Blue Ridge City Council yesterday voted to allow The Downtown Farmer’s Market to remain in the downtown location. The city had initially considered relocating vendors to the state farmer’s market on East First Street.
Last month, representing downtown vendors, Ande Cook petitioned city council requesting to let vendors remain in their current location, rather than relocating to the state farmer’s market located on East First Street, which vendors consider to be out-of-the-way as to not attract many customers.
Citizens came out yesterday afternoon to take part in the discussion and hear council’s decision, filling seats in the lobby of city hall. The crowd included vendors and supporters from both the downtown market and the state market location. Cook was again present at yesterday’s meeting.
“We still believe what’s best for Blue Ridge for both locals and for our tourist economy is to keep the downtown farmers’ market open, because it’s a place that (sic) people can stumble upon while they’re in the city,”
“There’s nothing convenient about the state farmers’ market. It’s out of the way; you’re never just going to come upon it. It just doesn’t offer the same experience that our farmers’ market does.”
Later, the state market was described as a gravel pit, offending some state market supporters. Others, though, didn’t necessarily oppose the downtown market, but felt the state market also has potential to benefit the city.
“It’s a market that’s an asset to our community,”
Good Samaritan Organizer Carlie Hammond said about the state market.
“I think it’s a shame if we can’t use it productively.”
Blue Ridge recently finished almost $40,000 in renovations to the state market, including restroom repairs and the installation of handicap access.
But, most supporters of the downtown market also supported the idea of the two markets co-existing. Cook even suggested that downtown vendors could sell at the state market location on Wednesdays, since the downtown market is held only on Saturdays. Annie Shumway, though, said all vendors should go to the state market, arguing that vendors can sell year-round there. Downtown vendor Cheryl Osborne, who sells her homemade soap, however, said she had no customers last year when she set-up at the state market. As such, she said moving all vendors to the state market will destroy their businesses.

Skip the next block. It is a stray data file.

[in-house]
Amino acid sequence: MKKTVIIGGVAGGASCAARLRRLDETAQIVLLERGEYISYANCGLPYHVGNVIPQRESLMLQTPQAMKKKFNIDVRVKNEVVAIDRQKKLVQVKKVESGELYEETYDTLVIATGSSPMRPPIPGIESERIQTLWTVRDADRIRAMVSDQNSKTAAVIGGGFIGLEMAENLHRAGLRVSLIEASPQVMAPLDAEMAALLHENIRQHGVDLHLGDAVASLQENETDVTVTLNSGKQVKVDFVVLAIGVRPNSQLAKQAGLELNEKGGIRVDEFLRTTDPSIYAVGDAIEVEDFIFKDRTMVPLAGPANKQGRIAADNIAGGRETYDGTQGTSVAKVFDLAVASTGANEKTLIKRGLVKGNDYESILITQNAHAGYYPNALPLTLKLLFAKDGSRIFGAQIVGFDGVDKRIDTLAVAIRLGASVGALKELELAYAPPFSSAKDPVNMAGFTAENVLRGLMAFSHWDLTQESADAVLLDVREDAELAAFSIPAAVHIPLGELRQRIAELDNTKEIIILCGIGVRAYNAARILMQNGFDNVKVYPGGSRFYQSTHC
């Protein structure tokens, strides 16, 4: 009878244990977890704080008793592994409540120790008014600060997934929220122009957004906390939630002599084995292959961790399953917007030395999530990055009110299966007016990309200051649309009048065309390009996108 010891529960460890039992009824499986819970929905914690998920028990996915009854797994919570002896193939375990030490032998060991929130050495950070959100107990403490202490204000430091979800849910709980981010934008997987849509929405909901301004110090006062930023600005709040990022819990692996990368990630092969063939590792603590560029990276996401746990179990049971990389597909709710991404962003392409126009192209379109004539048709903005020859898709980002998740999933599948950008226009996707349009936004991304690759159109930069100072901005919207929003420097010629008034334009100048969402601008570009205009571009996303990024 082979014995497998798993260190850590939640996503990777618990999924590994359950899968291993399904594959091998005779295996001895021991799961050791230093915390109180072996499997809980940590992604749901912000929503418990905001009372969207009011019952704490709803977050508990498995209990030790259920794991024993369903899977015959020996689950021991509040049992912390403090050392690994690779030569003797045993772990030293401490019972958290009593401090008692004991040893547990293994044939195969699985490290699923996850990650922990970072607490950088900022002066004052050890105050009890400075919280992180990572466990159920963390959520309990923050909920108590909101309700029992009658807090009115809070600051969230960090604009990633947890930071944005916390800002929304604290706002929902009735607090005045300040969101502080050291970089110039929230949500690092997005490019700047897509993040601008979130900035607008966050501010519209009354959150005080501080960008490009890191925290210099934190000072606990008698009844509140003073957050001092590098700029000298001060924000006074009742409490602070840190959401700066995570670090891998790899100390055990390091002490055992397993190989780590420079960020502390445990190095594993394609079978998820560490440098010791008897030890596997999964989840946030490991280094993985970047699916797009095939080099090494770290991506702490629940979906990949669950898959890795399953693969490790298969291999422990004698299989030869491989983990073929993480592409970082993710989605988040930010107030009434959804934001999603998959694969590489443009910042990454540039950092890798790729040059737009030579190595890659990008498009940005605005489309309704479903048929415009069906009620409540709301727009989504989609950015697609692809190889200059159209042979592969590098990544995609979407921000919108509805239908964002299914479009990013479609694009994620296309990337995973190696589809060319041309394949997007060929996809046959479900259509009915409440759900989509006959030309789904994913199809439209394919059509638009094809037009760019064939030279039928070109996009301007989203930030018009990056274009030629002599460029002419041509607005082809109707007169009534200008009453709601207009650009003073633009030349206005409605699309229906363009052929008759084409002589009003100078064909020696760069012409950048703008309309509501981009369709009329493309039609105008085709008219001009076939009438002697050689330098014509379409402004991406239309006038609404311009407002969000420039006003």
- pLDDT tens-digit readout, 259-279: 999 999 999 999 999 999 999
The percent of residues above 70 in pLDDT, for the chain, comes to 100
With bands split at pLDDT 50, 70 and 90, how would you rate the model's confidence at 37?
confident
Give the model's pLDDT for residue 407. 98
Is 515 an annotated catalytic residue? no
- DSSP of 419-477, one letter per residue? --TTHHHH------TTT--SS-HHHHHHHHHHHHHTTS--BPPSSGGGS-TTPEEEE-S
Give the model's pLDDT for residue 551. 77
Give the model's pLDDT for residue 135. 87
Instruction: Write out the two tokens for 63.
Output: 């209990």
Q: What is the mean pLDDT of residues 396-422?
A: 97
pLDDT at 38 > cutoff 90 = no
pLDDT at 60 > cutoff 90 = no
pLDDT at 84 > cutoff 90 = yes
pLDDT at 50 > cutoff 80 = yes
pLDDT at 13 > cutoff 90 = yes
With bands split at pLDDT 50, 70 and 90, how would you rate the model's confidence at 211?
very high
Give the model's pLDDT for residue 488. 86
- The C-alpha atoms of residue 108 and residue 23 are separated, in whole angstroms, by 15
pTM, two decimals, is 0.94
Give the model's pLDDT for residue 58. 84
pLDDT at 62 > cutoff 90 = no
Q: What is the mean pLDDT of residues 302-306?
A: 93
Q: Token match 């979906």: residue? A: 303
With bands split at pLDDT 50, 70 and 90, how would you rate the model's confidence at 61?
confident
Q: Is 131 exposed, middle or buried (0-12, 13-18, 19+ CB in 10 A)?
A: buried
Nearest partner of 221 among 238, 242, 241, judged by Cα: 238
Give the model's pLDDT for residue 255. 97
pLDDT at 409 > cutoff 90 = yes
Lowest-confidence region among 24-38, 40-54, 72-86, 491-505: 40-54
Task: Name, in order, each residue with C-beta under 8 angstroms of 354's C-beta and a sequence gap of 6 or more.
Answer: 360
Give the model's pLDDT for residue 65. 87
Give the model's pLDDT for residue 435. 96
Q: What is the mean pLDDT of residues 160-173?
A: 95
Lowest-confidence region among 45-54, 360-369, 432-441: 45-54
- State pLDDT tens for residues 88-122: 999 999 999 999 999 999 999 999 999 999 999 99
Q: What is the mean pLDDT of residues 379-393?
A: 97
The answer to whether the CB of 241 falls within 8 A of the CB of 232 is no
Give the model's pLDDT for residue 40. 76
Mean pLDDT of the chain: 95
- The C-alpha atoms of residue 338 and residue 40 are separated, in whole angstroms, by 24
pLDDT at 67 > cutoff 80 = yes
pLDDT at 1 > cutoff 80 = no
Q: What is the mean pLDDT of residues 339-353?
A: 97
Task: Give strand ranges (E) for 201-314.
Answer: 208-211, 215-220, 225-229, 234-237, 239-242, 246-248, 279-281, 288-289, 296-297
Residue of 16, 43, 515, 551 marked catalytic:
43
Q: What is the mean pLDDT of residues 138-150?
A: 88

“The (downtown) market provided a way for me to make a living. I started making soap three years ago and just being at the downtown Blue Ridge Farmers’ Market, my business has grown tremendously,”
she said. Another vendor, Baker Sarah Queen had a similar story, saying the state market “just doesn’t work.” Queen said if forced to move, she would have to get another job working part-time.
In her comments, Cook said downtown vendors would even be willing to change the name, eliminating “Farmers’” from the title. The name change would presumably serve two purposes. First, it would alleviate confusion, distinguishing the downtown market from the state market. Second, omitting “Farmers’” from the title would clarify that not all goods sold at the market are produce or edible.
After an hour of comments, Council Member Michael Eaton made a motion allowing vendors to stay downtown, but requested the downtown market help to promote and build the state market, by utilizing the East First Street location during the week. Council Member Rhonda Thomas added to the motion that vendors would change the name of the market. The vendors agreed and the motion was passed unanimously, met by a roar of applause.